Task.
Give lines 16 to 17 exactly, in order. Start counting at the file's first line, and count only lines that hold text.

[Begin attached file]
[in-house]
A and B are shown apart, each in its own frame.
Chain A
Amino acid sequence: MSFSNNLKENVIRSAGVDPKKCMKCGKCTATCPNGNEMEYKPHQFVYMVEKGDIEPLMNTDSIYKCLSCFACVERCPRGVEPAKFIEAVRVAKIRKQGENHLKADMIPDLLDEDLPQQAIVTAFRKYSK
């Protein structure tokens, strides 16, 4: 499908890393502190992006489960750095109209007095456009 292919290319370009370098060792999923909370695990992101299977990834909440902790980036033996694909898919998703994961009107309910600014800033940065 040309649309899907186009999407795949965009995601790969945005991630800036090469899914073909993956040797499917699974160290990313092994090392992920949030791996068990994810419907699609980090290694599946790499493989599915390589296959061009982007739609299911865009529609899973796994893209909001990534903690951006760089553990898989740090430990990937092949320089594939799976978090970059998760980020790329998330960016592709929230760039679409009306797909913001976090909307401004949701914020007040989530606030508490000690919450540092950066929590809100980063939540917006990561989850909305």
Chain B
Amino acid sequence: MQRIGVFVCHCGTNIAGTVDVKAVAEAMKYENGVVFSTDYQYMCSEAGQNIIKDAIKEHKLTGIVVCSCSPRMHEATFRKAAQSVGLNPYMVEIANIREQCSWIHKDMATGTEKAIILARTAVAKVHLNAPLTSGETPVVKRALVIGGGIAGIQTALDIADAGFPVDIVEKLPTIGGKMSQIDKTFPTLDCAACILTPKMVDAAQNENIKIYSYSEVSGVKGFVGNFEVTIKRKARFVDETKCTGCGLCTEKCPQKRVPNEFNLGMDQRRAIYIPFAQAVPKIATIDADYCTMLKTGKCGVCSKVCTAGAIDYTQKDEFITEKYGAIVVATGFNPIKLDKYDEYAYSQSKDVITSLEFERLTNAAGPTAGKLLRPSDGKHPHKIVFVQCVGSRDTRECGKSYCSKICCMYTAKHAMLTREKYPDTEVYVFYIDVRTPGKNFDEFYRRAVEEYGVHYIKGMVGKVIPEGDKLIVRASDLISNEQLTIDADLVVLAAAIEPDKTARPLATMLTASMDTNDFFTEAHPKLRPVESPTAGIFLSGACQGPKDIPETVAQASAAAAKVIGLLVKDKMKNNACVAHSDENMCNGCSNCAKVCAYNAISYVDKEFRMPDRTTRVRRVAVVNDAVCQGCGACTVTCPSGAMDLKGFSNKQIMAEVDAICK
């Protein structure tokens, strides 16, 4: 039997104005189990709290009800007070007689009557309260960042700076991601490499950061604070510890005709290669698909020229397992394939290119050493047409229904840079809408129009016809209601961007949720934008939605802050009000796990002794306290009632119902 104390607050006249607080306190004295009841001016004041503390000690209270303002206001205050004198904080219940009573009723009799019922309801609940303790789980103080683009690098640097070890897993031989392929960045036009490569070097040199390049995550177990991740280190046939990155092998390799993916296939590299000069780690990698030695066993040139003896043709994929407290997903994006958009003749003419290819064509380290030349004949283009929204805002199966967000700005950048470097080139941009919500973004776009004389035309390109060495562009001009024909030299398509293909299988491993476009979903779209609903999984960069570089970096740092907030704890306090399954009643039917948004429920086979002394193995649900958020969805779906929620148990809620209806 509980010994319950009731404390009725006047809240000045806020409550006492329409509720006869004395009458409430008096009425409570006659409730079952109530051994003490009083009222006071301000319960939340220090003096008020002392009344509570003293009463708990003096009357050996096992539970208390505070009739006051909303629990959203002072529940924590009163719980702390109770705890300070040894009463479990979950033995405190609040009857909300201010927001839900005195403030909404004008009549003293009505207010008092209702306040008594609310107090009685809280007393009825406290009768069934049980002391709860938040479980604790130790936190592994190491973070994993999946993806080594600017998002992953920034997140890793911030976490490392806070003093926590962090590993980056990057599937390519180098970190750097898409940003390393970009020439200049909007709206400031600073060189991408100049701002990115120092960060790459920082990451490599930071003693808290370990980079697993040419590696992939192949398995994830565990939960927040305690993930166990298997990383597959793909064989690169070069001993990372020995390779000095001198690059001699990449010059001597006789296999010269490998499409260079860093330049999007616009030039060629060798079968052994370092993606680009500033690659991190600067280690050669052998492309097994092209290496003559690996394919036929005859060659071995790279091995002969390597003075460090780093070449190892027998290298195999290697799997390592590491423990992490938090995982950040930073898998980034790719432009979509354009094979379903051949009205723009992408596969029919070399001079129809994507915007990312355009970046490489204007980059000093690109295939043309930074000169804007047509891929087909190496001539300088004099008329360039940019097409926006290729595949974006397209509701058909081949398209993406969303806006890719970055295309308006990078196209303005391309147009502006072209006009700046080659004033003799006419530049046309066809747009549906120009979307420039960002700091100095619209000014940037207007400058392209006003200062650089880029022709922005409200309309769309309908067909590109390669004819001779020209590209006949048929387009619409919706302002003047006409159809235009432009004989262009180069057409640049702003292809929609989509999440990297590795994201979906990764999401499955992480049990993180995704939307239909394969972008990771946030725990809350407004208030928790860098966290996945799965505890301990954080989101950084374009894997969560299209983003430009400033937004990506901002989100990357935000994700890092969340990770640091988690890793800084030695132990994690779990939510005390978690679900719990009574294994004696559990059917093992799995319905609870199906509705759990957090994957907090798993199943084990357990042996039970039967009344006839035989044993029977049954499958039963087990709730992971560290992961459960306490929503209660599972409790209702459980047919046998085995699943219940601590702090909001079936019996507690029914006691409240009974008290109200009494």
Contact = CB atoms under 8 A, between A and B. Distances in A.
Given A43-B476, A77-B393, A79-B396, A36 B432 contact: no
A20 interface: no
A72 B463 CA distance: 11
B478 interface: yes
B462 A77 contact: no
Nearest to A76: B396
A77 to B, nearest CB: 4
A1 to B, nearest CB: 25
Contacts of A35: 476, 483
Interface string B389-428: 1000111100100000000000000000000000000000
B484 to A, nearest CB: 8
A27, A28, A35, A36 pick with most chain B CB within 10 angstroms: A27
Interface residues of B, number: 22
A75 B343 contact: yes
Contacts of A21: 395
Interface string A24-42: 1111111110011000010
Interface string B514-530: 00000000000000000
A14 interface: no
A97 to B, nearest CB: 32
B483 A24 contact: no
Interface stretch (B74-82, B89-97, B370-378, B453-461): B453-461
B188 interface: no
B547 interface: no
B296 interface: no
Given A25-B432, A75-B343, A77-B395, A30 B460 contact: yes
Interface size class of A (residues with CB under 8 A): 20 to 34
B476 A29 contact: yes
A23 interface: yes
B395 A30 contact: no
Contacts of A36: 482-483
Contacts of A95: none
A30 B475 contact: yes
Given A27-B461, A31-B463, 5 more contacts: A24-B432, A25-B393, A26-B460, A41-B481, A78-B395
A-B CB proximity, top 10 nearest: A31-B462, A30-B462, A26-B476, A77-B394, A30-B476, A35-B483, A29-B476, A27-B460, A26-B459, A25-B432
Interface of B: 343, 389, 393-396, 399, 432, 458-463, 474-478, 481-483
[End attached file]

A77 to B, nearest CB: 4
A1 to B, nearest CB: 25